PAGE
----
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NJ correctional police officer who responded to 9/11 battling COVID-19

Chris Stanek has been fighting for his life since he was hospitalized nearly two months ago


Chris Stanek was having breathing problems, was disoriented and “very warm to the touch.”

Courtesy photo

By Matt Gray
NJ Advance Media Group

BRIDGETON, N.J. — The last time Jean Stanek saw her husband in person was May 20 when he was taken from their Bridgeton home by ambulance.

Chris Stanek was having breathing problems, was disoriented and “very warm to the touch,” she said.

The senior corrections officer was diagnosed with COVID-19 and has been fighting for his life ever since.

Stanek previously volunteered for an ambulance squad and traveled to New York City after the 9/11 terrorist attacks to help out at ground zero.

Now he’s the one who needs a hand.

While he has improved in recent weeks, Stanek faces a long recovery, according to his wife. Friends, co-workers, churches and local businesses are stepping up to help with donations for the family.

Stanek, 45, has worked as a corrections officer since 2003 and is stationed at South Woods State Prison.

He began feeling sick in May, Jean recalled. He’s diabetic, but she knew these symptoms were a sign of something else.

Stanek was taken to Inspira Medical Center in Vineland and a day later was in Cooper University Hospital, where he remains today.

His condition was touch and go for several weeks. He was intubated and placed on a ventilator twice and was on continuous dialysis at one point as the disease ravaged his organs, Jean said.

He would improve then nosedive and doctors told her she needed to be ready for anything. She didn’t know what to expect each time doctors called with an update.

“Not many survive this when it’s that serious,” she said.

She feared she could lose her husband, but credits her faith in God and support of family and friends for helping get through the toughest days.

Stanek has been off the ventilator for two weeks now, is breathing on his own and no longer requires dialysis. He could soon leave Cooper for a rehab center.

“It’s been a long journey … he’s improved a lot, but he still has a long road ahead of him,” Jean said. “He’s still in a lot of pain throughout his body. The doctor just increased his pain medication. His body has been through so much.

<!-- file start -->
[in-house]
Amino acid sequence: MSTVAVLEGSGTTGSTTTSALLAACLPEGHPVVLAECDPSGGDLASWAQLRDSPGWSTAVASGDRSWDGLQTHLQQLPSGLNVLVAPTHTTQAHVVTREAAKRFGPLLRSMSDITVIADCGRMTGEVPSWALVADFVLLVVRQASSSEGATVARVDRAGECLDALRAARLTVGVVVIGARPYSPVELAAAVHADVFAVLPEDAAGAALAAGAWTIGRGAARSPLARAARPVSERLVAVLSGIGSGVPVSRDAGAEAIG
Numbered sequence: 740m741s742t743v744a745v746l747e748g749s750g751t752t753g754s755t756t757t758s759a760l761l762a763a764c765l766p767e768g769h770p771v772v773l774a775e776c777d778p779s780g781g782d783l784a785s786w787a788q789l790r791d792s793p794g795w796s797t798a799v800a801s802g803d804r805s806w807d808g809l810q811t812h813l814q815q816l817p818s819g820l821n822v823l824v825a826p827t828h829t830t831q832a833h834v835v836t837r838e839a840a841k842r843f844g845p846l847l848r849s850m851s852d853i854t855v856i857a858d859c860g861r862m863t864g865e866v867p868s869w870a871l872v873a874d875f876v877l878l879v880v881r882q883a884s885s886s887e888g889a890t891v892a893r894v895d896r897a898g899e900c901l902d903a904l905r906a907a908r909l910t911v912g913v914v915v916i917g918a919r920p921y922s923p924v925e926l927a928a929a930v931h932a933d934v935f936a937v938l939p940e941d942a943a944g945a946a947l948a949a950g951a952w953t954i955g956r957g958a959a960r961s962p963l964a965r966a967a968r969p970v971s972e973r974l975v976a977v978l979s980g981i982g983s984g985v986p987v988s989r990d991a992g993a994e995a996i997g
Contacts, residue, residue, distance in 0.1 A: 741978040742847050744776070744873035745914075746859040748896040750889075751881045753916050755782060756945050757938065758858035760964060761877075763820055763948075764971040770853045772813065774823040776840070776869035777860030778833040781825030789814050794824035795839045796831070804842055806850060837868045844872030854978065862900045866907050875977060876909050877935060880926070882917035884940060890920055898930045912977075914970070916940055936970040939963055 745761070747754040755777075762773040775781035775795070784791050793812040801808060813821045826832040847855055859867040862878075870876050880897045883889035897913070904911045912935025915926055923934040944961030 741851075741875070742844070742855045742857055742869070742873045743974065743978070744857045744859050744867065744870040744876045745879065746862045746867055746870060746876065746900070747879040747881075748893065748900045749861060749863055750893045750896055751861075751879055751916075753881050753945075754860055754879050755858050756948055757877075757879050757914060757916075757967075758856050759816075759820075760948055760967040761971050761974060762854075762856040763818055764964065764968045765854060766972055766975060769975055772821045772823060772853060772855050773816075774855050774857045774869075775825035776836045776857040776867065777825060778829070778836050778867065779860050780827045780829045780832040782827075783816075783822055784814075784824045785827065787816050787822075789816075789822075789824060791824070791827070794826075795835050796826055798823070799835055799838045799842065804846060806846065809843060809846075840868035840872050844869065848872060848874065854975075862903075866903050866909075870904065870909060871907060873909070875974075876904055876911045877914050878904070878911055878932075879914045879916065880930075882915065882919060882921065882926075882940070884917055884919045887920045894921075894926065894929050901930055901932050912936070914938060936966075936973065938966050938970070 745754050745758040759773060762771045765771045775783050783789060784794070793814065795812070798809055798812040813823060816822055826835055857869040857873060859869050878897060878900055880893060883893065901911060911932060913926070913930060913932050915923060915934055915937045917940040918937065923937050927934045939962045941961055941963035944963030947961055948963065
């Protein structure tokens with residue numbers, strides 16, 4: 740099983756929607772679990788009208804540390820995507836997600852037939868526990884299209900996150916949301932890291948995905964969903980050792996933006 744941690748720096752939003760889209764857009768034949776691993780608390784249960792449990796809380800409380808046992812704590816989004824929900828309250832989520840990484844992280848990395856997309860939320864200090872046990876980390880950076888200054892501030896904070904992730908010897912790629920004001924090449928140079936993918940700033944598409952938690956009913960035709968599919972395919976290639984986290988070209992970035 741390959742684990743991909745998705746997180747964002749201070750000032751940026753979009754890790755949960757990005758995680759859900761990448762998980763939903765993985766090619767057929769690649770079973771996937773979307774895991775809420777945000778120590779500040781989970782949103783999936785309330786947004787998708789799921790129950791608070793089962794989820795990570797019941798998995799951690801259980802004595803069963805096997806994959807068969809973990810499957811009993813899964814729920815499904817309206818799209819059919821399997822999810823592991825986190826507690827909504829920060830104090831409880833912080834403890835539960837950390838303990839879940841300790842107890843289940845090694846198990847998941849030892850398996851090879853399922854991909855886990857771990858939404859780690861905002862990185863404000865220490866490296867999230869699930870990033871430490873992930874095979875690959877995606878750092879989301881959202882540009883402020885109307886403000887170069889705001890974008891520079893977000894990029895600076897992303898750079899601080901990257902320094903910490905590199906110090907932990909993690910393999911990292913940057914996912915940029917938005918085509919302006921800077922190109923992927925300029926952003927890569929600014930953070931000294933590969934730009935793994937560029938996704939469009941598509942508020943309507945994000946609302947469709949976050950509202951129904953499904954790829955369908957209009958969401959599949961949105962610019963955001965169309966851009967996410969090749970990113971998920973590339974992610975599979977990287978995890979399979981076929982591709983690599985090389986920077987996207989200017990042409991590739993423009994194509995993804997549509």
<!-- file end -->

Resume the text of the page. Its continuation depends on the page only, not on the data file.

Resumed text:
“He’s not able to sit up yet. He tries, but he’s still so weak.”

For her husband, the entire experience is still a blur.

“He’s talking now,” she said. “He did not remember what happened to him. He remembered the ambulance, but that was it. That’s how disoriented he was.”

Jean cannot see Chris in person because of continuing pandemic-related visitation restrictions at hospitals, so they stay in touch via Facetime visits. She tries to call daily, between holding down a job and taking care of their home and making sure the bills are paid. She assures her husband that everything is fine on the home front.

“Just focus on getting better,” she tells him.

After weeks of uncertainty, being able to hear his voice again has reassured Jean that he’s going to be OK.

“To actually hear him talk now, it really helps me a lot,” she said.

Family, friends and co-workers have rallied around Stanek and colleagues launched a GoFundMe campaign to help his family through this battle.

“I worked with him personally for quite a number of years and he’s a good guy,” said PBA Local 105 Vice President Mike Gallagher, who created the GoFundMe. “He’s a good employee and he’s always willing to help others.”

At least two state correctional police officers have died as a result of COVID-19. More than 780 state prison employees have been diagnosed with it, including 35 at South Woods, according to state records. More than 2,700 state inmates have tested positive and 45 have died.

Jean is certain her husband contracted COVID on the job, describing him as a homebody who doesn’t go out much, beyond trips to the store.

She was tested for the virus herself and had to quarantine for 14 days at home, but was in the clear.

She urged others to take COVID-19 seriously and protect themselves and others.

“This is very serious. It’s deadly,” she said. “Everyone should take all of the precautions needed. You have to be very careful.”

Jean and Chris met at the Bridgeton Emergency Ambulance Association, where they both volunteered. Service to his community has always been important to her husband, she said.

“As long as I’ve known Chris, he always helped people,” she said. “That was Chris … always helping others, caring for others.”

They married in 2004 and Chris is step-father to Jean’s three kids.

Jean has been amazed by the support the family has received from the community.

In addition to those donating to the online fundraiser, pastors at their church, Leila Sostre and David Morales of La Iglesia De Dios in Millville, and a local car dealership, South Jersey Motor Trends in Vineland, have made contributions to help the family. Pastors Ruben Soto and Suhein Perez of Iglesia Pentecostal En Manos Del Alfarero Inc. in Wildwood also reached out this week with a donation.

“It was very overwhelming,” she said. “I felt very happy for Chris and very appreciative of all the people that stepped up.”


©2020 NJ Advance Media Group, Edison, N.J.

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